In related news, I saw that Raimund Dachselt and his team (Raimund supervised my Master’s thesis) presented a great approach for visualizing volumetric datasets with their PaperLens prototype. Watching the video of their prototype really makes me miss working on projects which push the boundaries of current UI/interaction concepts:
The Libre Graphics Meeting 2009 about Free and Open Source graphics applications took place in Montreal at the beginning of May. I was happy to be invited to give a 10 minute lightning talk about FacetZoom.
Yesterday, the CHI conference came to a close. The closing plenary was held by Bill Buxton who received the CHI Lifetime Achievement Award this year. It is the highest award by the ACM in this field and recognizes outstanding contributions to CHI. In many ways, Bill Buxton really is an exceptional person with a very wide field of interests, from human-computer-interaction, over music (he holds a Bachelor of Music degree), to mountain and ice climbing and more.
Facet Folders are a novel way of managing personal data using a combination of conventional hierarchies with faceted metadata. I am presenting the concept as part of a submission to the Student Research Competition at CHI. Due to popular request and positive feedback, I am providing the paper here for download:
After two years of development, finally, the first public release of the FacetZoom widget source code. FacetZoom is a novel widget combining faceted browsing with zoomable user interfaces. It allows navigating hierarchies of faceted metadata, such as time or location, with two interaction concepts. By exploiting the widget’s space structuring nature, continuous data (e.g. stock quotes) or information collections (e.g. photo sets) can be arranged according to the metadata’s location in the widget.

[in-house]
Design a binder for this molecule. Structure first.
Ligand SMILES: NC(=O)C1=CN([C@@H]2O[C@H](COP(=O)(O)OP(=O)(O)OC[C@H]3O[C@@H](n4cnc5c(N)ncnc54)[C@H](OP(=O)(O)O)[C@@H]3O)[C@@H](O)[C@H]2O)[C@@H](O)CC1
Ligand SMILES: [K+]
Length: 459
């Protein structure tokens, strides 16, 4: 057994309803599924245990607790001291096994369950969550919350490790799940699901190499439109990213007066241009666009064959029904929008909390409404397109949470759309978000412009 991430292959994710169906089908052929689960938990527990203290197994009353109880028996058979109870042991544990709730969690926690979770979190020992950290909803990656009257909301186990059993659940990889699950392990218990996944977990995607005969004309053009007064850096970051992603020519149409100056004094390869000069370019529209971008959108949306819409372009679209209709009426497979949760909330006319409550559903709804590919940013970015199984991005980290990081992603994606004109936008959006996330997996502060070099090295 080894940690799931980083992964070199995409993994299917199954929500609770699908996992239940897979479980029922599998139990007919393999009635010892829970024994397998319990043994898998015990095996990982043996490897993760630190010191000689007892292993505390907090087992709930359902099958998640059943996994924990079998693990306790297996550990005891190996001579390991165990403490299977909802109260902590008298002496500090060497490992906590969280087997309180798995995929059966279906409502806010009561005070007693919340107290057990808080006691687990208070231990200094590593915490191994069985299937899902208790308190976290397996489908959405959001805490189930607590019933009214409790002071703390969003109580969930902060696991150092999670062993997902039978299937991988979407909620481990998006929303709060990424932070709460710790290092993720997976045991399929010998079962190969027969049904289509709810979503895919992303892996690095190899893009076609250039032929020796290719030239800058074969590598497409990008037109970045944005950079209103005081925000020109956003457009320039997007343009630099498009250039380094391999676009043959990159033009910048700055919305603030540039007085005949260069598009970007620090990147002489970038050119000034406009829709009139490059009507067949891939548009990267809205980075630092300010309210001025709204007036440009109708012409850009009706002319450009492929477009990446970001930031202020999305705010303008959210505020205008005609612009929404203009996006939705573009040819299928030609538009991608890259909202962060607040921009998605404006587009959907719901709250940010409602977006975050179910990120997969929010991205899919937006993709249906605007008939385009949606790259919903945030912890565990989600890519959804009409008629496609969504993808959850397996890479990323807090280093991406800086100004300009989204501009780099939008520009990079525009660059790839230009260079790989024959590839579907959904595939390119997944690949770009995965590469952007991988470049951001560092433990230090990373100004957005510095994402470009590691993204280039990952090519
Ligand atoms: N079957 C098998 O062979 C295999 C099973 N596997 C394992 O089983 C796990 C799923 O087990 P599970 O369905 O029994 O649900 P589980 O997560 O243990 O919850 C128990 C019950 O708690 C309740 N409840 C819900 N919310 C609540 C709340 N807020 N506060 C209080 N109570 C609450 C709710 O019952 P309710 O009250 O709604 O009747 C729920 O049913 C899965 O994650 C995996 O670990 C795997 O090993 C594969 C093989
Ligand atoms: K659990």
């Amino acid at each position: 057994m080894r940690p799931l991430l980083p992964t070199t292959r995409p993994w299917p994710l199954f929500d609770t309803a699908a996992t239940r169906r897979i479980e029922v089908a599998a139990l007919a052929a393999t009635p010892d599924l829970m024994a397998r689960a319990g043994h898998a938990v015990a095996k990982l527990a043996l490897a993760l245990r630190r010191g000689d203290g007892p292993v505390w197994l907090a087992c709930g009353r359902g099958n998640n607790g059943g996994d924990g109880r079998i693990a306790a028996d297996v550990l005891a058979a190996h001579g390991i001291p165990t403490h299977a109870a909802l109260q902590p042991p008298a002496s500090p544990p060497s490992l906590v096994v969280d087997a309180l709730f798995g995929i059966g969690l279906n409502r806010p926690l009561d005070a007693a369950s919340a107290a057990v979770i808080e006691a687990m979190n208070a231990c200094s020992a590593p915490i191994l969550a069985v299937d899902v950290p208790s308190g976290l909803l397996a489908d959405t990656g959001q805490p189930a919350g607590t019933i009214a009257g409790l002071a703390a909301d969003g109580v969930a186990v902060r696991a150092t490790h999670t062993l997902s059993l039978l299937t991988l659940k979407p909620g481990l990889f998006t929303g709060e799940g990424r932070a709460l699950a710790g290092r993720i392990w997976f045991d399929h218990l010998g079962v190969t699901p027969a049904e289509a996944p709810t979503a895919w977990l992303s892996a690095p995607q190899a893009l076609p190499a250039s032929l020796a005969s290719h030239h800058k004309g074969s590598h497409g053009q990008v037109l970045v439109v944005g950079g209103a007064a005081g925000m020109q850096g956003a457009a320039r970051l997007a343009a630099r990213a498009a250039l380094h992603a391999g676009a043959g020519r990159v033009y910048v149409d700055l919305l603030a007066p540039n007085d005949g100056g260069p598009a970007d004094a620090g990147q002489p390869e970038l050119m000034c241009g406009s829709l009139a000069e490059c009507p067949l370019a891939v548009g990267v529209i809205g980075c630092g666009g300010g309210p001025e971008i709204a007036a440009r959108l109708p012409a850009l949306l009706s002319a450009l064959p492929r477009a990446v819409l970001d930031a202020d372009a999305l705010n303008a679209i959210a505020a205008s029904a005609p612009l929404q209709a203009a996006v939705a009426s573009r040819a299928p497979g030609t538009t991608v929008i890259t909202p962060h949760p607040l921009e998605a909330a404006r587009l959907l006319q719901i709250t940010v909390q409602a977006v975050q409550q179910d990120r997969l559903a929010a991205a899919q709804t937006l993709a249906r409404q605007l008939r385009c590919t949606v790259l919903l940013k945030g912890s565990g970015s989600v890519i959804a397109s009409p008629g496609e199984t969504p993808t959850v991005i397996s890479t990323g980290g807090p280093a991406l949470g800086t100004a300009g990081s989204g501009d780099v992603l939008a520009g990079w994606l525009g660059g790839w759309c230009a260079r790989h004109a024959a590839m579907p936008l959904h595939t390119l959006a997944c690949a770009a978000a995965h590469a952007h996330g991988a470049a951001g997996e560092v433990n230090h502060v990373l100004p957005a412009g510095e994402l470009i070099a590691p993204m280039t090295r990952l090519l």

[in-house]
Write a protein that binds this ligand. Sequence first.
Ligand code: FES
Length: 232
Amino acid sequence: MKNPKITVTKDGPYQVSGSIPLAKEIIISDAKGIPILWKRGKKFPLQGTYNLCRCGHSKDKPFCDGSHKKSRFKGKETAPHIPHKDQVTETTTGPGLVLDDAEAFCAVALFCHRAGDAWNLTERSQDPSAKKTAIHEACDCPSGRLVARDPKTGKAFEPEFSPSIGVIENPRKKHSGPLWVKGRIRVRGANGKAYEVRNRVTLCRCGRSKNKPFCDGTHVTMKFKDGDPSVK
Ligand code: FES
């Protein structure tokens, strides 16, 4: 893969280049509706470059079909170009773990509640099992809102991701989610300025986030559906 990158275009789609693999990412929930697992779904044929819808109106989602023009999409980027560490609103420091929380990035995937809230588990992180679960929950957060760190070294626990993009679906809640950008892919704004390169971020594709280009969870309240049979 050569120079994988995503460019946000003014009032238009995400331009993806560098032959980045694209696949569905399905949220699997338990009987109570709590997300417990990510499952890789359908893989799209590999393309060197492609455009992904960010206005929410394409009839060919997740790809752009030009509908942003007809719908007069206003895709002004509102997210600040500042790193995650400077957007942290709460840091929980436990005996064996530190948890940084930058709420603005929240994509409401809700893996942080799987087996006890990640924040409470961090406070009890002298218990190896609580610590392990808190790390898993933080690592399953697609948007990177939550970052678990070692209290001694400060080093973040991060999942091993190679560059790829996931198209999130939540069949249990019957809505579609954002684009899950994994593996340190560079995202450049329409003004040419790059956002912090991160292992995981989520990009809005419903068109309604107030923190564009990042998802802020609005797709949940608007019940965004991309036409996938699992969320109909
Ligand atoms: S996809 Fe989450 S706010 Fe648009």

The FacetZoom design was developed as part of graduate theses on User Interfaces for Personal Information and Media Management at the Heinz-Nixdorf-Chair of Multimedia Technology at the Dresden University of Technology in Germany. The work was supervised by Dr. Raimund Dachselt who is now at the Otto-von-Guericke University Magdeburg. Third member in the design team was Mathias Frisch, who is now a PhD student in Magdeburg.
At the beginning, the widget was called TimeZoom and implemented the concept of a zoomable timeline which was explored in my Bachelor’s thesis. After presenting this early version at the 2006 CHI conference in Montreal, the design was abstracted and generalized, thus leading to FacetZoom. The presentation we will be holding at this year’s CHI in Florence will officially introduce the results of this work.
Here are three screenshots of the FacetZoom widget showing a time metadata facet,
a location metadata facet,
and a classification metadata facet.
I’ve also created a short video-only screencast in OGM Theora format. In case you attend our talk at the CHI conference, a more in-depth video will be shown there.
In one week, the ACM CHI conference starts again. I’ll be participating at the Student Research Competition so that means a lot of work to do in advance, such as creating a poster, a presentation and getting the prototypes ready. I am also working on the Qt C++ implementation of a novel widget called “FacetZoom” which will be officially presented at the conference, as well. Hopefully, the code will be ready for release by tomorrow so that I can put it up here before I leave for Italy.